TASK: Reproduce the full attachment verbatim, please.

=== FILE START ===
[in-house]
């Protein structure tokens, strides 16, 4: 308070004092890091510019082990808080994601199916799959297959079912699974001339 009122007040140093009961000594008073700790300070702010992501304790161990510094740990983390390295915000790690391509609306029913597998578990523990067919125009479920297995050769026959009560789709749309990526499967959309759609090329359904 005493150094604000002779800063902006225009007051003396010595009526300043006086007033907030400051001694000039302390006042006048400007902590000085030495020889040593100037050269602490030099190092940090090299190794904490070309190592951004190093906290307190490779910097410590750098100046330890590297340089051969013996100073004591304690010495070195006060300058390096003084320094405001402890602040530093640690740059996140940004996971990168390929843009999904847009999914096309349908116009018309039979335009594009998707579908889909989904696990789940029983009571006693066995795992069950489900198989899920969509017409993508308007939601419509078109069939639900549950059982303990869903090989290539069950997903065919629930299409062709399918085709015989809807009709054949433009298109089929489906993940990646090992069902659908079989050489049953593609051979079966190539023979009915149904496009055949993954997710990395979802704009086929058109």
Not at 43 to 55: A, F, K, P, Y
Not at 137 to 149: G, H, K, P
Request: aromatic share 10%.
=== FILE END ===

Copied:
[in-house]
């Protein structure tokens, strides 16, 4: 308070004092890091510019082990808080994601199916799959297959079912699974001339 009122007040140093009961000594008073700790300070702010992501304790161990510094740990983390390295915000790690391509609306029913597998578990523990067919125009479920297995050769026959009560789709749309990526499967959309759609090329359904 005493150094604000002779800063902006225009007051003396010595009526300043006086007033907030400051001694000039302390006042006048400007902590000085030495020889040593100037050269602490030099190092940090090299190794904490070309190592951004190093906290307190490779910097410590750098100046330890590297340089051969013996100073004591304690010495070195006060300058390096003084320094405001402890602040530093640690740059996140940004996971990168390929843009999904847009999914096309349908116009018309039979335009594009998707579908889909989904696990789940029983009571006693066995795992069950489900198989899920969509017409993508308007939601419509078109069939639900549950059982303990869903090989290539069950997903065919629930299409062709399918085709015989809807009709054949433009298109089929489906993940990646090992069902659908079989050489049953593609051979079966190539023979009915149904496009055949993954997710990395979802704009086929058109």
Not at 43 to 55: A, F, K, P, Y
Not at 137 to 149: G, H, K, P
Request: aromatic share 10%.